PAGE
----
Real-world iOS 10 and watchOS 3

Apple’s big 2016 software releases start today with the introduction of iOS 10, watchOS 3, and tvOS 10 (the latter of which I’ve not had a chance to try).

Spoiler alert: They’re good upgrades (and in the case of watchOS, potentially a really great one).

iOS 10

I’ve been running iOS 10 on my iPhone 6+ since the public beta opened in early August. After a false start with the first beta and some Bluetooth issues, it’s been incredibly stable. Apple has been chided in the recent past for software stability and performance issues; iOS 10 sure seems to buck this in a big way. In some places, it feels faster than iOS 8 or 9 ever did on this phone. That is a great thing for those sticking with the 6 series (though I do plan to upgrade to the iPhone 7+ later this year).

The creature comforts in iOS 10 are really nice. Fully-interactive notifications are a huge time-saver and the new widget area is quite convenient. One new interaction that particularly struck me is the ability to dismiss interactive notifications by pulling down on them. This is right out of the Apple Watch playbook and feels quite natural. I suspect I would find far more convenience if I had a 3D Touch-enabled device — there are lots of shortcuts available via force-press that I have yet to experience. Still, it is quite good.

The thing about iOS 10 that is going to probably throw quite a few people for a loop is unlocking using the home button vs. the tried and true “slide to unlock” that has been with the iPhone since its inception. It makes a lot of sense on newer phones given the faster Touch ID sensor, but I still fumble with it on my 6+ on a fairly regular basis. We’ll see how the mass market reacts to this — I suspect there will be some backlash.

Finally, in no particular order, a few other cool little things I like in iOS 10:

  • Faster animations. The animations to open folders and apps have been sped up ever so subtly, but it is still noticeable (and welcomed).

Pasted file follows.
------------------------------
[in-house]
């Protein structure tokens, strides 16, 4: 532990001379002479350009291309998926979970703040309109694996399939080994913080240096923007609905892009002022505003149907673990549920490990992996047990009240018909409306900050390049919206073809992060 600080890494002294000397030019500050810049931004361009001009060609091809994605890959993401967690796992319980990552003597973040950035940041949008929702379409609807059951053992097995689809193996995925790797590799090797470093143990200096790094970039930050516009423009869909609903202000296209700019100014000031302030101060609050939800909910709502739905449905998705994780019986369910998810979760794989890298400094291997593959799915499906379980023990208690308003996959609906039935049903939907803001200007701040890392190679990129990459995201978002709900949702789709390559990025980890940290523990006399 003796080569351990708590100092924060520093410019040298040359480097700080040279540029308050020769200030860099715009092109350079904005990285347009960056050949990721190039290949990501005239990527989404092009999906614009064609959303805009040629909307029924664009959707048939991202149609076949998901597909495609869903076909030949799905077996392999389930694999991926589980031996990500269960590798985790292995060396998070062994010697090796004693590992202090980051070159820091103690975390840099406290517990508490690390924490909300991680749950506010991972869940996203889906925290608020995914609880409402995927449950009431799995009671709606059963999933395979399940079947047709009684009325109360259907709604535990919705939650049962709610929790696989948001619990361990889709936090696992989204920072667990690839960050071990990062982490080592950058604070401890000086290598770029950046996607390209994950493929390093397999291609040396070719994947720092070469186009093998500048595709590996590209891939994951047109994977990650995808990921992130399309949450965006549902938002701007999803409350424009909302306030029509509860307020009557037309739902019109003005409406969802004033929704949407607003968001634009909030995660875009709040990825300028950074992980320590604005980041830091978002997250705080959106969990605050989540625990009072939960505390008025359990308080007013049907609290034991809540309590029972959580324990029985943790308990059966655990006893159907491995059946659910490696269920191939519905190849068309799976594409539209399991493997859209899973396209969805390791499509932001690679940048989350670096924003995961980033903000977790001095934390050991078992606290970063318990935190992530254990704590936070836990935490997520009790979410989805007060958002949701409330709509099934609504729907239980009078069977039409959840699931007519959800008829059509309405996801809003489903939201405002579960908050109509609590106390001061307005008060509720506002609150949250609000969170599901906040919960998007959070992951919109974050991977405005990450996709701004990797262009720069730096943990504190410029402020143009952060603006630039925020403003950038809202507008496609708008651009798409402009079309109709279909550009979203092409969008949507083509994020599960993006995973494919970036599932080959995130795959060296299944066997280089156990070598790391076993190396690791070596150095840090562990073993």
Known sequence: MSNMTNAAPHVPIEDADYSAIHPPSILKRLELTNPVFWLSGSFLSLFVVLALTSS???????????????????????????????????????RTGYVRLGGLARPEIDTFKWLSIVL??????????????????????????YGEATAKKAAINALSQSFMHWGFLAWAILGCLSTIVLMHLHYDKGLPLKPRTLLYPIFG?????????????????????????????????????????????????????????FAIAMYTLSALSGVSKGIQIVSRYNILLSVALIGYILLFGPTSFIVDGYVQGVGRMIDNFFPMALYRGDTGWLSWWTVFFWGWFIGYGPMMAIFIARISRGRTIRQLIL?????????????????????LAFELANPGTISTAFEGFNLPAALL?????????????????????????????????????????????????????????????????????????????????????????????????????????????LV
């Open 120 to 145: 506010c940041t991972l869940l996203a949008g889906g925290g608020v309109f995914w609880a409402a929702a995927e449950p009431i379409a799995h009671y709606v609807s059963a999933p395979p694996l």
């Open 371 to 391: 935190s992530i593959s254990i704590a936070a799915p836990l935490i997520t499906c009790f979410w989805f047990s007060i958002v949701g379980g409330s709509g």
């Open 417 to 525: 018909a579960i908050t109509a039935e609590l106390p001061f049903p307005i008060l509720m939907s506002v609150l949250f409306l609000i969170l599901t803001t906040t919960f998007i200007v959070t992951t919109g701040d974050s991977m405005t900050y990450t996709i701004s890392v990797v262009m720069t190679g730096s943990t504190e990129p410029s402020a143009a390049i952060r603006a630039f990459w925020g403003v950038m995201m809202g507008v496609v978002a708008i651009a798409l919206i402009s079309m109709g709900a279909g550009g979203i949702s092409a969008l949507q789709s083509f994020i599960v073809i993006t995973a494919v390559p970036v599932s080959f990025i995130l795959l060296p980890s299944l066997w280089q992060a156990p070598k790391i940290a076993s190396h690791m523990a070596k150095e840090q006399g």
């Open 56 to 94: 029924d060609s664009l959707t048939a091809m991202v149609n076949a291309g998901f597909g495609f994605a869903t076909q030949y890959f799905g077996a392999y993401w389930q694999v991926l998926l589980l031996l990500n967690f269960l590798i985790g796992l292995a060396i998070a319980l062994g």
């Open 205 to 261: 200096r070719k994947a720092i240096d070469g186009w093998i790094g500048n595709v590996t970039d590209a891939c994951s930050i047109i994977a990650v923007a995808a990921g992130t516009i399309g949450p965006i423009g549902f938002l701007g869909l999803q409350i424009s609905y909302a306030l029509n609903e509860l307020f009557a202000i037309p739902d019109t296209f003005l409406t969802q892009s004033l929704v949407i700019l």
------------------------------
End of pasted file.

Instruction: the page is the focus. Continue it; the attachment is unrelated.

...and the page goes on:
• The Bedtime feature. As part of Apple’s focus on health, the new Bedtime feature lets you set the number of hours you want to sleep and the time you want to wake up. From there, it calculates your bedtime and sets an alarm when it’s time to sleep. I’ve found it rather helpful after I got over the fact that I’m putting myself back on a bedtime after years of rebellion against one.
  • Apple News. I’ve really come to love Apple News as a reader. It will be interesting to compare the new notifications from News to those from sources like AP and The New York Times.
  • Maps. While I will probably never give up Waze, the new iteration of Apple Maps is very attractive and extremely usable. The suggestions based on location and time of day are scary accurate, and it’s still quite nice to get buzzed on my wrist for directions versus staring at a screen while driving. However, Waze still is the king of rerouting and realtime traffic data — it’s going to take significant improvements for me to switch.

Overall, I think many will find that iOS 10 is a thoughtful evolution from iOS 9. Aside from unlocking from the home button, most should feel right at home. App compatibility seems to be very good; third-party apps rarely gave me any problems in the beta and have been flawless in the last few days with the golden master build. Fingers crossed that this is as trouble-free of an upgrade for the rest of you as it has been for me.

watchOS 3

Apple’s pitch for watchOS 3 during the beta period was that it will “feel like a whole new watch.”

This assessment is accurate.